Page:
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ARS Home » Midwest Area » Madison, Wisconsin » U.S. Dairy Forage Research Center » Environmentally Integrated Dairy Management Research » Research » Publications at this Location » Publication #329564

Research Project: Improvement of Dairy Forage and Manure Management to Reduce Environmental Risk

Location: Environmentally Integrated Dairy Management Research

Title: Quantifying the impact of seasonal and short-term manure application decisions on phosphorus loss in surface runoff

Author
item Vadas, Peter
item Good, Laura - University Of Wisconsin
item Jokela, William
item Karthikeyan, K - University Of Wisconsin
item Arriaga, Francisco - University Of Wisconsin
item Stock, Melanie - University Of Wisconsin

Submitted to: Journal of Environmental Quality
Publication Type: Peer Reviewed Journal
Publication Acceptance Date: 11/9/2016
Publication Date: 1/19/2017
Publication URL: http://handle.nal.usda.gov/10113/5700679
Citation: Vadas, P.A., Good, L., Jokela, W.E., Karthikeyan, K.G., Arriaga, F., Stock, M. 2017. Quantifying the impact of seasonal and short-term manure application decisions on phosphorus loss in surface runoff. Journal of Environmental Quality. doi:10.2134/jeq2016.06.0220.

Interpretive Summary: Winter spreading of dairy manure is a pressing research and policy issue due to concerns about phosphorus (P) loss from fields in snowmelt runoff and water quality degradation. Policies controlling winter spreading are often based on anecdotal and not quantitative information. We used the SurPhos computer model to better quantify the impact of seasonal and short-term manure application on P loss. Results indicated that, for regions with significant winter runoff, winter manure application can substantially increase the risk of P loss. This is true for manure applied any time from late November through early March, with a maximum risk for application in late January and early February. Shifting manure application to fields with lower runoff potential and seasons of lower runoff likelihood can greatly reduce the risk of P loss. Delaying manure application when runoff is likely can also reduce P loss, but the number of opportunities producers may have to actually use application delays to reduce P loss is limited. Also, delaying application can sometimes increase P loss if manure is exposed to larger runoff events beyond the delay window. This study also showed that the SurPhos computer model does a good job of quantifying P loss for a range of conditions and management practices, thereby providing better manure management information for producers and policy makers.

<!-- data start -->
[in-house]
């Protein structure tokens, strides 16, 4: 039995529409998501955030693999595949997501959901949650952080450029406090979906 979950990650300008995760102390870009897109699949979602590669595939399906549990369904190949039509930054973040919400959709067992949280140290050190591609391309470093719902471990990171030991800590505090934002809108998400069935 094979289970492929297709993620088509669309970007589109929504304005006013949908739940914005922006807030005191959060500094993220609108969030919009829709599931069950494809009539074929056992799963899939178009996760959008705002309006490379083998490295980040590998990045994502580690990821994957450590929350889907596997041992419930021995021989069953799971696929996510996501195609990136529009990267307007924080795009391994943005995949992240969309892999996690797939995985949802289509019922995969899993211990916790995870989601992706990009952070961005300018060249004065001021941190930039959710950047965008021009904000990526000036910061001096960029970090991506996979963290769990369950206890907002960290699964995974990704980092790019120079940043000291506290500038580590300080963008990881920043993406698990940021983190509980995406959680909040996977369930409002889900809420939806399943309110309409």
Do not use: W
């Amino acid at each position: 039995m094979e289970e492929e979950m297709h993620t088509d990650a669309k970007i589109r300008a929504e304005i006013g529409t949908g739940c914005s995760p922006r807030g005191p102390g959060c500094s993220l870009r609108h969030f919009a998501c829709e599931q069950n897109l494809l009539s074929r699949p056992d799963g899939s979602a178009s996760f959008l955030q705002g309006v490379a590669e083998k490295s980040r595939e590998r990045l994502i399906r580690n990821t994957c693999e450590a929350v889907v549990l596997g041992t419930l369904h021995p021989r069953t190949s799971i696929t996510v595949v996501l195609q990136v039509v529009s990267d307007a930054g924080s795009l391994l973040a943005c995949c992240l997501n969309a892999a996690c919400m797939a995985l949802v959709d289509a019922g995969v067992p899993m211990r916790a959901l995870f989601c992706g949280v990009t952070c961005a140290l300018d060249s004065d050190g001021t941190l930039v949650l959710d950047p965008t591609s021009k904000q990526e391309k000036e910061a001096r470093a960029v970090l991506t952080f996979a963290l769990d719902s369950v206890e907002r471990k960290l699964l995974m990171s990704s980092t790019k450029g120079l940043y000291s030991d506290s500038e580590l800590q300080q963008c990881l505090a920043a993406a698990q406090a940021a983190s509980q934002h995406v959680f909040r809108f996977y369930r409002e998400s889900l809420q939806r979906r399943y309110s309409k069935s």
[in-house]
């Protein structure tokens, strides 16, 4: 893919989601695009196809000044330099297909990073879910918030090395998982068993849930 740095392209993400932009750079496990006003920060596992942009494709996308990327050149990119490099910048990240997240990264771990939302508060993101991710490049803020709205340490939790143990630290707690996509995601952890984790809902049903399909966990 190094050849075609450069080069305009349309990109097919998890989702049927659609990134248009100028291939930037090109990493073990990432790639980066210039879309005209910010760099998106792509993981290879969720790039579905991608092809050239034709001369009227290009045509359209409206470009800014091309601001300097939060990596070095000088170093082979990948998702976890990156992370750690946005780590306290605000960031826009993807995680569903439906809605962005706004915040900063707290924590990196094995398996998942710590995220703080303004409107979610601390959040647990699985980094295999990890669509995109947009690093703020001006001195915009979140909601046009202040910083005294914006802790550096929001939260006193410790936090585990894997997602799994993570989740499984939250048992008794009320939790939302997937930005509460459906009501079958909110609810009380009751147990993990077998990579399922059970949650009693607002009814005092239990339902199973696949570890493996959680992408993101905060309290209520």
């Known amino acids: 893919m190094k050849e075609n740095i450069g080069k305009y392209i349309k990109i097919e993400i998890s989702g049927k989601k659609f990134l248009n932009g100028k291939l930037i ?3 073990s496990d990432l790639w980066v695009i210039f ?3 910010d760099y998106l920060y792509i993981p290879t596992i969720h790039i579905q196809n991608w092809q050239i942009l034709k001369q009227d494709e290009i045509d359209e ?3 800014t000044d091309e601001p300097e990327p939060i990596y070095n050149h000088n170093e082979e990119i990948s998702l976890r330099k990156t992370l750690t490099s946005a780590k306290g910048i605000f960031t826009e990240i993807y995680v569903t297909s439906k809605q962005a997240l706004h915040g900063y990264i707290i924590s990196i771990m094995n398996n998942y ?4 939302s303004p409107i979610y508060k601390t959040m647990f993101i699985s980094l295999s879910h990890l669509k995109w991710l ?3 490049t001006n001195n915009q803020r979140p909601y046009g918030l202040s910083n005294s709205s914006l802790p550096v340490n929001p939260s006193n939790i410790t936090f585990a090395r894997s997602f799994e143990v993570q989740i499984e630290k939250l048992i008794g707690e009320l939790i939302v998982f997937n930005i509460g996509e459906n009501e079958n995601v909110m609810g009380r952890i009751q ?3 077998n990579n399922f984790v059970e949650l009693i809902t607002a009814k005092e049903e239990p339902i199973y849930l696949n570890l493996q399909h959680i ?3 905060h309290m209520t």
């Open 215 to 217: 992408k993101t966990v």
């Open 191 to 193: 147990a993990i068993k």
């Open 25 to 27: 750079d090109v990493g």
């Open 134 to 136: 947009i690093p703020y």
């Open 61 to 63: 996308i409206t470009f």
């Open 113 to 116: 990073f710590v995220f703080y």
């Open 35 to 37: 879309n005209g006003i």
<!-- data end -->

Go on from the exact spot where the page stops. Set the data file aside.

Technical Abstract: Agricultural phosphorus (P) management is a pressing research and policy issue due to concerns about P loss from fields and water quality degradation. Better information is especially needed on the risk of P loss from dairy manure applied to fields in winter. We used the SurPhos computer model to assess the impact of seasonal and short-term manure application on dissolved P loss. For regions with significant winter runoff, winter manure application can substantially increase the risk of P loss, due to extended periods of high manure P availability and frequent and consistent runoff. The increased risk of P loss is true for manure applied any time from late November through early March, with a maximum risk for application in late January and early February. Shifting manure application to fields with lower runoff potential and seasons of lower runoff likelihood can greatly reduce the risk of manure P loss. Delaying manure application when runoff is imminent (near-term, tactical application decisions) can help reduce the risk of manure P loss any time of the year. However, the number of opportunities for producers to actively use application delays as a strategy to reduce P loss is limited. Also, delaying application can sometimes increase the risk of P loss if freshly applied manure is exposed to even larger runoff events beyond the delay window. Our study shows SurPhos can quantify P loss for a range of conditions and management practices and provide more robust manure management information for producers and policy makers.